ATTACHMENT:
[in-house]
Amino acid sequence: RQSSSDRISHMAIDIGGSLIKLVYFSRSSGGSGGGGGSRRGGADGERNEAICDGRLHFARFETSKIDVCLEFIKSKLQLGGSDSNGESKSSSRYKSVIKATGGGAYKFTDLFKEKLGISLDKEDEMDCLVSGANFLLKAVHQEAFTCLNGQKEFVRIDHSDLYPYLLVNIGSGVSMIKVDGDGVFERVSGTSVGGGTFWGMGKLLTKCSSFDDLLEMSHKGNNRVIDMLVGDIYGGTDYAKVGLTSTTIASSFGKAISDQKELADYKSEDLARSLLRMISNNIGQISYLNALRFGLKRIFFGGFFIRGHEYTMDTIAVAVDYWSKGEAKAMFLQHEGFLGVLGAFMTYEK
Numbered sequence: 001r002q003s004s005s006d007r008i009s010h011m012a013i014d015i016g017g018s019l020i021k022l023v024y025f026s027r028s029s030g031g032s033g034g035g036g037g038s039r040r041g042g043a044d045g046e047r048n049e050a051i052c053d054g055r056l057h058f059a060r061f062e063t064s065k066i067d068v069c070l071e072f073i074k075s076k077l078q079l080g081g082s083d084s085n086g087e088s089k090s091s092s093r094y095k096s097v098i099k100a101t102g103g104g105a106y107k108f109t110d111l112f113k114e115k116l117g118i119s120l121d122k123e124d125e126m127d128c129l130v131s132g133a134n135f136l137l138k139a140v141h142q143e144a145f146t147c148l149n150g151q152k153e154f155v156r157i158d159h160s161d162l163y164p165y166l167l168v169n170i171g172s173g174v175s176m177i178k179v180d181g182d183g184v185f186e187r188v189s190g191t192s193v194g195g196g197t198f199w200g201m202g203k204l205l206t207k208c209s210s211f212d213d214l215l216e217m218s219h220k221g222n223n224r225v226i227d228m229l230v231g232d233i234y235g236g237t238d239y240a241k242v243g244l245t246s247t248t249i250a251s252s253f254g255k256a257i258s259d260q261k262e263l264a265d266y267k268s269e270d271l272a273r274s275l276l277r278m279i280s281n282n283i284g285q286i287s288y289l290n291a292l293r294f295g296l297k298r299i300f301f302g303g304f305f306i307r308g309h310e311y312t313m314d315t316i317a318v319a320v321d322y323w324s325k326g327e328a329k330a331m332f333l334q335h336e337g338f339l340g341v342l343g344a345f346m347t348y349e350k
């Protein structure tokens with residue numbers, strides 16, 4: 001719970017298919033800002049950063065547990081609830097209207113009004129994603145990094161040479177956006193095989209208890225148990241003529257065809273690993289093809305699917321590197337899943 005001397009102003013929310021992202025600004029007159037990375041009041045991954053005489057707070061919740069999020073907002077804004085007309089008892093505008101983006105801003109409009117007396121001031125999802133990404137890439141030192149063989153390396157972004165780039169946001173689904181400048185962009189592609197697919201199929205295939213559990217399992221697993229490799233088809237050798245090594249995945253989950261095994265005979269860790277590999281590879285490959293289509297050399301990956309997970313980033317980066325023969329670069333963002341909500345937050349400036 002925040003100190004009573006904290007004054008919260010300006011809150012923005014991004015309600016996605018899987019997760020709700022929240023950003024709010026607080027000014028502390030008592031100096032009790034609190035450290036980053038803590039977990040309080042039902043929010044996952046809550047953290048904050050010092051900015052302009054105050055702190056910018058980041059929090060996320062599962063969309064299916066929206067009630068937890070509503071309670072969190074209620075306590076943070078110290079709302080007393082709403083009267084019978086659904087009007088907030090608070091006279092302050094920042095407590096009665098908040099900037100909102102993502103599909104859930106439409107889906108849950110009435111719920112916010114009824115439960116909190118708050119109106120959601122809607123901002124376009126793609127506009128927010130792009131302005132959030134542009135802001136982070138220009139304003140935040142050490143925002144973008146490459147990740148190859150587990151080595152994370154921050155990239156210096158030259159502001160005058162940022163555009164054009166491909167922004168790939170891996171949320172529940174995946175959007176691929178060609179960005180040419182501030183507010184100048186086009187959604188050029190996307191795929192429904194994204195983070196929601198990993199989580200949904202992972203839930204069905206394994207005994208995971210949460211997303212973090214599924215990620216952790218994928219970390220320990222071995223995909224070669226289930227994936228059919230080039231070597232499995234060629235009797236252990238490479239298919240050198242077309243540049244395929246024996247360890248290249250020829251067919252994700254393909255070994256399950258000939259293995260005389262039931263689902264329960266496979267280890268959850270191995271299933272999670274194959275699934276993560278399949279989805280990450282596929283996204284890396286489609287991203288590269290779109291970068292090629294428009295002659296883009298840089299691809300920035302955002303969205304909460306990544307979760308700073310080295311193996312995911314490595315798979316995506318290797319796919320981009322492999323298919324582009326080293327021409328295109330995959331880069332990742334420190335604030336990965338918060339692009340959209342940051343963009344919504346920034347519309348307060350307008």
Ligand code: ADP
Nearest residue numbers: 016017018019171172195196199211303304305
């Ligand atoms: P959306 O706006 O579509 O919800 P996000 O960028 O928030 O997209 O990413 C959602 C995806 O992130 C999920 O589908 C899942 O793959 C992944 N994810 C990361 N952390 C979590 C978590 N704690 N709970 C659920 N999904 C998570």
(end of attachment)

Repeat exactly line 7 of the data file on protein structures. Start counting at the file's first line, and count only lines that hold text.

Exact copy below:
């Ligand atoms: P959306 O706006 O579509 O919800 P996000 O960028 O928030 O997209 O990413 C959602 C995806 O992130 C999920 O589908 C899942 O793959 C992944 N994810 C990361 N952390 C979590 C978590 N704690 N709970 C659920 N999904 C998570």